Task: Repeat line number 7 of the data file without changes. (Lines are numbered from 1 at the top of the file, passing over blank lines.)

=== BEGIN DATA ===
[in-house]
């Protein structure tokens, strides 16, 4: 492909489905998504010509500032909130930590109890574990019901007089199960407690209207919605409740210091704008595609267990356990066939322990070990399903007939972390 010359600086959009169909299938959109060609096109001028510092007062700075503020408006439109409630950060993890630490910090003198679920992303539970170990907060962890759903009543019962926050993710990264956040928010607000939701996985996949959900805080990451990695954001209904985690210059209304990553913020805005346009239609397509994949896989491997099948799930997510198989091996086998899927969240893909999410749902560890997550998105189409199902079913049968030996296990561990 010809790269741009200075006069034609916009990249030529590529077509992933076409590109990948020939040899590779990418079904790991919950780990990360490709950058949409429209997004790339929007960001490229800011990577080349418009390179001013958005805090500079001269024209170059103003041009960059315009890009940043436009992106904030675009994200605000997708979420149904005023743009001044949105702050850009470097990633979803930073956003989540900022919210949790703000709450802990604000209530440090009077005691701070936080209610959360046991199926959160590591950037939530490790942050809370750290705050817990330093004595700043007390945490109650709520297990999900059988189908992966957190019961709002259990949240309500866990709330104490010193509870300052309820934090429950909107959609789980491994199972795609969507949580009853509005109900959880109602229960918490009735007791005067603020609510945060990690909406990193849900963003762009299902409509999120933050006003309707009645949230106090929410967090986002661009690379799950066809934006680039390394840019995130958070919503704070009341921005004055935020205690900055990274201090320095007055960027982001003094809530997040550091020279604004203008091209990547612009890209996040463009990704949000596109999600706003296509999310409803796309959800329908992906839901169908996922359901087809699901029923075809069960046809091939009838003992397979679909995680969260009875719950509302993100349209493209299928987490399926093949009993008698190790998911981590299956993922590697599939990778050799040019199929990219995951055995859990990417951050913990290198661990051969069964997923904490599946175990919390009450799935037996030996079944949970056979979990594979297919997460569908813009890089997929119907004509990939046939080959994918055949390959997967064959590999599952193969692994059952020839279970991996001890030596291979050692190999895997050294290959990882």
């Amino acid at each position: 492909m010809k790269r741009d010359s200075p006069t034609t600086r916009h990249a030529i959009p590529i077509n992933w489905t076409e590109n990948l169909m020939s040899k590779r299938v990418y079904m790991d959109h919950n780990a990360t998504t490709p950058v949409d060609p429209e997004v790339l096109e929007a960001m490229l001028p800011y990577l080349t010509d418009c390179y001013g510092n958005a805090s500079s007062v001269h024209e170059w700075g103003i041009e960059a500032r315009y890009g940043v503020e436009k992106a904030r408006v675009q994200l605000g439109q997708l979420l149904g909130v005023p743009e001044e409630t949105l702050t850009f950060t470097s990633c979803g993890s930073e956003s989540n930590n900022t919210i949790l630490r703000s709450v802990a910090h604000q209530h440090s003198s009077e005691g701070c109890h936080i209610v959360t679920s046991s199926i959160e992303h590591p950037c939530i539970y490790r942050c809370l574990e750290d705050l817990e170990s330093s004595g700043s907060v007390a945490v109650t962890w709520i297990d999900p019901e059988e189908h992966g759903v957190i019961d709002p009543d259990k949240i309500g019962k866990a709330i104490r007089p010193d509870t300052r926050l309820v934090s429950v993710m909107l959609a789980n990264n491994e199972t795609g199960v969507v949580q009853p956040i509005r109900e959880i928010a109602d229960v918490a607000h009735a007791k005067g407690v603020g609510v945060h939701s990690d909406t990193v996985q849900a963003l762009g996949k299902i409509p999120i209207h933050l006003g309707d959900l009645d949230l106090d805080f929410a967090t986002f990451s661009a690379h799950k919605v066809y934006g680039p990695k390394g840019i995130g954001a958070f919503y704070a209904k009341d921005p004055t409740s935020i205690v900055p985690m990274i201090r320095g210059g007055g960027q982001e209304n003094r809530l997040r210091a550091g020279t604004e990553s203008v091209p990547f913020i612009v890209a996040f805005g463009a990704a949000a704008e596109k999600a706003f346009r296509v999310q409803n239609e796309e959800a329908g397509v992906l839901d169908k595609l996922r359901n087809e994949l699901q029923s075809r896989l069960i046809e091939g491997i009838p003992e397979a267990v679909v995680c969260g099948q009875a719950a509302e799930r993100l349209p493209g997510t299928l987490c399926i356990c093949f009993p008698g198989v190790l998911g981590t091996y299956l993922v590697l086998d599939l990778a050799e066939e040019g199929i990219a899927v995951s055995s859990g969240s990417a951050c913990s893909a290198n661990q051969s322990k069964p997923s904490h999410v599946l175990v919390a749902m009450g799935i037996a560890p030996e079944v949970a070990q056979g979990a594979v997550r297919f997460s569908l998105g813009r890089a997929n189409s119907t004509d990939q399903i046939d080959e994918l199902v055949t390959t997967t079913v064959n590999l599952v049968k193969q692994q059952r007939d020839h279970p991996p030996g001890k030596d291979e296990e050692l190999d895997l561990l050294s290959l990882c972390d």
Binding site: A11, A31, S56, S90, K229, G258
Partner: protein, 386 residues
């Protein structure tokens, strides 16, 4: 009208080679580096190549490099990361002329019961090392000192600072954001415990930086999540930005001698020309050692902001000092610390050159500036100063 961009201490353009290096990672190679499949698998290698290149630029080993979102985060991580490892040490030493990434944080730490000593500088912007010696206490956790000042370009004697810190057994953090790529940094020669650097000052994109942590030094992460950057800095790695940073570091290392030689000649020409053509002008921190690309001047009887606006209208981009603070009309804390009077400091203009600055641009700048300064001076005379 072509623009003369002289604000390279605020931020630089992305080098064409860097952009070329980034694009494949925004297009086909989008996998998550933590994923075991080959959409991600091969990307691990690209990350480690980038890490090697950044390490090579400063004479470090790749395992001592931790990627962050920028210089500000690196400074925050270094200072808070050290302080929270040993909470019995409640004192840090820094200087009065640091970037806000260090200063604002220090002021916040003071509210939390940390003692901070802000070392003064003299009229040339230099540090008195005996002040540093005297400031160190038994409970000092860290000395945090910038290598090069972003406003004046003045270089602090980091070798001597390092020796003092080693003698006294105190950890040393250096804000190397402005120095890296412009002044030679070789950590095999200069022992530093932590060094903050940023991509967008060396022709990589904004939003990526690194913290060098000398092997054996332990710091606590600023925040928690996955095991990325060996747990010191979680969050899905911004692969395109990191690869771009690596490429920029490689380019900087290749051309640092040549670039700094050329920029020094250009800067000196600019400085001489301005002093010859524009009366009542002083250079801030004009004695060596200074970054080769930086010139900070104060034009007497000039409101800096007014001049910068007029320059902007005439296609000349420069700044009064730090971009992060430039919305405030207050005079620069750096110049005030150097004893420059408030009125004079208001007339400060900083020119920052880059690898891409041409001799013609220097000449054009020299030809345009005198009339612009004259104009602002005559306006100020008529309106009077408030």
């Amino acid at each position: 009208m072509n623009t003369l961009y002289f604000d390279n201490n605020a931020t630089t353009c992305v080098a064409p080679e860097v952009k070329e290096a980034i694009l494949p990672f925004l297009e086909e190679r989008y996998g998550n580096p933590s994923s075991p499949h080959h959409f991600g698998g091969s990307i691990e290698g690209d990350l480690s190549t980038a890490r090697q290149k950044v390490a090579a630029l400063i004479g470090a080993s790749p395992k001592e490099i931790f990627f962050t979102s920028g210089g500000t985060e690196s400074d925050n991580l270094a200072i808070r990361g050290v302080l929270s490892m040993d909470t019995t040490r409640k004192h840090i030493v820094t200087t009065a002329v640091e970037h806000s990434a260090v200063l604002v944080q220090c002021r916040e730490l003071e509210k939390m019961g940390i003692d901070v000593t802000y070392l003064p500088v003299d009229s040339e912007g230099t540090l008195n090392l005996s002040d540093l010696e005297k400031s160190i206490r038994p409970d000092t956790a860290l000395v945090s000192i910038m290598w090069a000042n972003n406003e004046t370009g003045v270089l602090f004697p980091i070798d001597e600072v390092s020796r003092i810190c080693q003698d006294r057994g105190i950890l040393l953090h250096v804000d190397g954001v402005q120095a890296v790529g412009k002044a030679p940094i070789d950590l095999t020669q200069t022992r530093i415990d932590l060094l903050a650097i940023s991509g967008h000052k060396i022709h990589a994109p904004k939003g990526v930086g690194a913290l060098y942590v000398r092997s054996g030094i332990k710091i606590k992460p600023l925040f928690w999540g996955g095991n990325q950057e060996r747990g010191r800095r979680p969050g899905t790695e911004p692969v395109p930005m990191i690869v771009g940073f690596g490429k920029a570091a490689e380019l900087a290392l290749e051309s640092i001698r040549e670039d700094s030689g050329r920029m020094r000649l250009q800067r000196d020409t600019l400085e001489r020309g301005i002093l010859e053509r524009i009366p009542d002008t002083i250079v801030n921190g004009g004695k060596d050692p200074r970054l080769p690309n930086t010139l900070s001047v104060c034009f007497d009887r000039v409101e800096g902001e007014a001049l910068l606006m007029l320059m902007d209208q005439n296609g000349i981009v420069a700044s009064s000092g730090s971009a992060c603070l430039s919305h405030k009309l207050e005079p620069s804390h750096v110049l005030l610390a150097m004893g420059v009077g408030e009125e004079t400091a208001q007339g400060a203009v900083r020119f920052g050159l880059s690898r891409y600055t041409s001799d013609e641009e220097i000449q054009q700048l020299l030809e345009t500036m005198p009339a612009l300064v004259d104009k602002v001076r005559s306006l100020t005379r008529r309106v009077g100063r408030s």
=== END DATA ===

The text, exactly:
């Amino acid at each position: 009208m072509n623009t003369l961009y002289f604000d390279n201490n605020a931020t630089t353009c992305v080098a064409p080679e860097v952009k070329e290096a980034i694009l494949p990672f925004l297009e086909e190679r989008y996998g998550n580096p933590s994923s075991p499949h080959h959409f991600g698998g091969s990307i691990e290698g690209d990350l480690s190549t980038a890490r090697q290149k950044v390490a090579a630029l400063i004479g470090a080993s790749p395992k001592e490099i931790f990627f962050t979102s920028g210089g500000t985060e690196s400074d925050n991580l270094a200072i808070r990361g050290v302080l929270s490892m040993d909470t019995t040490r409640k004192h840090i030493v820094t200087t009065a002329v640091e970037h806000s990434a260090v200063l604002v944080q220090c002021r916040e730490l003071e509210k939390m019961g940390i003692d901070v000593t802000y070392l003064p500088v003299d009229s040339e912007g230099t540090l008195n090392l005996s002040d540093l010696e005297k400031s160190i206490r038994p409970d000092t956790a860290l000395v945090s000192i910038m290598w090069a000042n972003n406003e004046t370009g003045v270089l602090f004697p980091i070798d001597e600072v390092s020796r003092i810190c080693q003698d006294r057994g105190i950890l040393l953090h250096v804000d190397g954001v402005q120095a890296v790529g412009k002044a030679p940094i070789d950590l095999t020669q200069t022992r530093i415990d932590l060094l903050a650097i940023s991509g967008h000052k060396i022709h990589a994109p904004k939003g990526v930086g690194a913290l060098y942590v000398r092997s054996g030094i332990k710091i606590k992460p600023l925040f928690w999540g996955g095991n990325q950057e060996r747990g010191r800095r979680p969050g899905t790695e911004p692969v395109p930005m990191i690869v771009g940073f690596g490429k920029a570091a490689e380019l900087a290392l290749e051309s640092i001698r040549e670039d700094s030689g050329r920029m020094r000649l250009q800067r000196d020409t600019l400085e001489r020309g301005i002093l010859e053509r524009i009366p009542d002008t002083i250079v801030n921190g004009g004695k060596d050692p200074r970054l080769p690309n930086t010139l900070s001047v104060c034009f007497d009887r000039v409101e800096g902001e007014a001049l910068l606006m007029l320059m902007d209208q005439n296609g000349i981009v420069a700044s009064s000092g730090s971009a992060c603070l430039s919305h405030k009309l207050e005079p620069s804390h750096v110049l005030l610390a150097m004893g420059v009077g408030e009125e004079t400091a208001q007339g400060a203009v900083r020119f920052g050159l880059s690898r891409y600055t041409s001799d013609e641009e220097i000449q054009q700048l020299l030809e345009t500036m005198p009339a612009l300064v004259d104009k602002v001076r005559s306006l100020t005379r008529r309106v009077g100063r408030s």